Monday, June 17, 2024

Local teen artist’s mural draws attention to dangers of drug use

Whitefish Pilot | May 17, 2023 1:00 AM

Whitefish is now home to an octopus, a monster of the deep. In a bright new artwork by Eliya Olstad, a large, colorful octopus represents the overwhelming power methamphetamine can have over people who get caught in its grasp.

Olstad, created the moving work as part of the Montana Meth Project’s Paint the State 2023 initiative, a program that engages teens and adults to help prevent drug use.

Paint the State is an art contest that invites Montanans to make large-scale public artworks that inspire viewers to live drug-free lives. Artists are asked to incorporate the Meth Project’s “Not Even Once” message into their work.

The 15-year-old Whitefish resident said she heard of the competition on the radio and decided to enter because she is passionate about art. In addition to painting, she works with colored pencils and enjoys music and art of every kind.

“Art has always been a big part of my life,” Olstad said. “I saw this as a really good opportunity to hopefully touch some people and spread awareness about the dangers of meth.”

Her painting is 8 feet by 12 feet and is on display at her mother and grandfather’s shop, the Pine Cone Hill Trading Company at 6060 Highway 93 South in Whitefish. It is the largest painting she has ever made.

“I usually stick with really small, little cute paintings,” Olstad said. “So this was definitely a new thing for me.”

Local businesses Nelson’s Ace Hardware and Sherwin Williams Paint Store donated supplies for Olstad’s painting. Western Building Center gave her the three pieces of plywood that serve as the support for the work. She is grateful for each of the businesses and said they were “super generous.”

This year marks the third time the Paint the State competition has generated large-scale murals. The competition was last held over 10 years ago and hundreds of those paintings still stand. Olstad reviewed the paintings from past Paint the State competitions and spent time thinking of how to make her work unique.

“I really wanted to find something that was going to stand out and be different and I wanted to incorporate something new,” she said. “The octopus in my illustration symbolizes meth and the tentacles represent the hold and grip meth has on its users.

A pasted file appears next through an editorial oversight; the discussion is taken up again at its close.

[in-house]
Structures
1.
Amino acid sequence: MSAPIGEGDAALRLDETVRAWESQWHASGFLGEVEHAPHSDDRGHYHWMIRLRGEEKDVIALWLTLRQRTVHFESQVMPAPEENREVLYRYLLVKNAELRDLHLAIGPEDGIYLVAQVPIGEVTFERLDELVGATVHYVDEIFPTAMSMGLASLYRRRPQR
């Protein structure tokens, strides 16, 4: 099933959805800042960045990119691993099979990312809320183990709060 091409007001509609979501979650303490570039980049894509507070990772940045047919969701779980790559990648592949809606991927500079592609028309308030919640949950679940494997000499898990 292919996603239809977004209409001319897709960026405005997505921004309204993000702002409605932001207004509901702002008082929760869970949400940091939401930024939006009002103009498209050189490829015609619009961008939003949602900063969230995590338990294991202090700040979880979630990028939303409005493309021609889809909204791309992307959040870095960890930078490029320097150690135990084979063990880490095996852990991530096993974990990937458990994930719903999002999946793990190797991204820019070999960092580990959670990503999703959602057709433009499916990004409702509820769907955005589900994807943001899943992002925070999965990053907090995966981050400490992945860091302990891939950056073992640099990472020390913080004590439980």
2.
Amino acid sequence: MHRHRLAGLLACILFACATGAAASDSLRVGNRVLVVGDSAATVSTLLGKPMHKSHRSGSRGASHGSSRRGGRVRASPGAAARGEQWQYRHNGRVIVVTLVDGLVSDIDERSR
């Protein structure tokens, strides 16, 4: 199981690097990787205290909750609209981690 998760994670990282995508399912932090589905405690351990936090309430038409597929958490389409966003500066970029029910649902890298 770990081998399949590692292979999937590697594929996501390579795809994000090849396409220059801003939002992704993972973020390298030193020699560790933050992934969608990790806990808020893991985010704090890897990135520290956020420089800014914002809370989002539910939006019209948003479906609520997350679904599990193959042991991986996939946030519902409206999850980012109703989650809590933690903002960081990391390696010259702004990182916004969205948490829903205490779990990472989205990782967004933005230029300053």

“I was just trying to find something that would portray the idea I was trying to get across and be bright and catchy enough to reach as many people as possible,” she added. “And be creative enough to activate people’s thought process and just really make them think.”

AMY RUE, EXECUTIVE Director of the Montana Meth Project says the teen engagement this competition fosters is one part of the project’s multi-prong approach to reducing meth use in the state. The Paint the State competition, in particular, is highly effective.

“This is more impactful than any highly produced commercial content we could put out there,” Rue said. “This is an authentic peer-to-peer conversation that really communicates in a way we cannot emulate with anything we could produce.”

The Montana Meth Project lists among its accomplishments a 77% reduction in first-time teen meth use since it was founded in 2005. It is the only organization in the state charged with reducing meth use, it has been cited by the White House as one of the most effective prevention programs in the nation and it is supported solely by private donations.

Recently, the Dennis and Phyllis Washington Foundation presented a $508,000 grant to the Montana Meth Project that will be used to support Paint the State prize money and the program’s educational outreach that stirs peer-to-peer conversation about the risks of meth use.

“We’re grateful for all the families, the foundations, the private companies and individuals who continue to support the Meth Project and we’re thrilled to see the students step forward with these incredible installations,” Rue said.

The contest is open to groups as well as individuals and this year, for the first time, participants over the age of 18 are permitted. The new rule allows more people to play a part in the creation of the artwork.

“We’re seeing a lot of teen-serving organizations participating, including youth groups, families, church groups, drug courts and recovery centers,” Rue said. “So what’s really fun is it’s not just the artist who has the chance to participate, but whole classes are participating.”

Rue noted that a unique part of the Paint the State competition this year is that young participants will share their artworks via social media, thus broadening the reach and appeal of their work. That was not possible 10 years ago.

Judging will occur in July and the awards for winning entries will be announced in August. More than $100,000 will be awarded to winning participants in the adult and teen divisions at regional and state levels, including three $10,000 grand prizes.

The public is encouraged to vote for their favorite entry when online voting opens this summer, to determine three People's Choice award winners, including a People’s Choice Grand Prize worth $10,000.

“I’m not super competitive,” Olstad said. “Winning would be so awesome, but this project is so cool and just spreading awareness and stuff, that’s what it’s all about. So, I'm happy with whatever the outcome is.”

To see a leaderboard for the Paint the State competition anytime and to vote in July, visit


Eliya Olstad's artwork for the Montana Meth Project's Paint the State competition. The large mural is on display at 6060 Highway 93 South in Whitefish. (Julie Engler/Whitefish Pilot)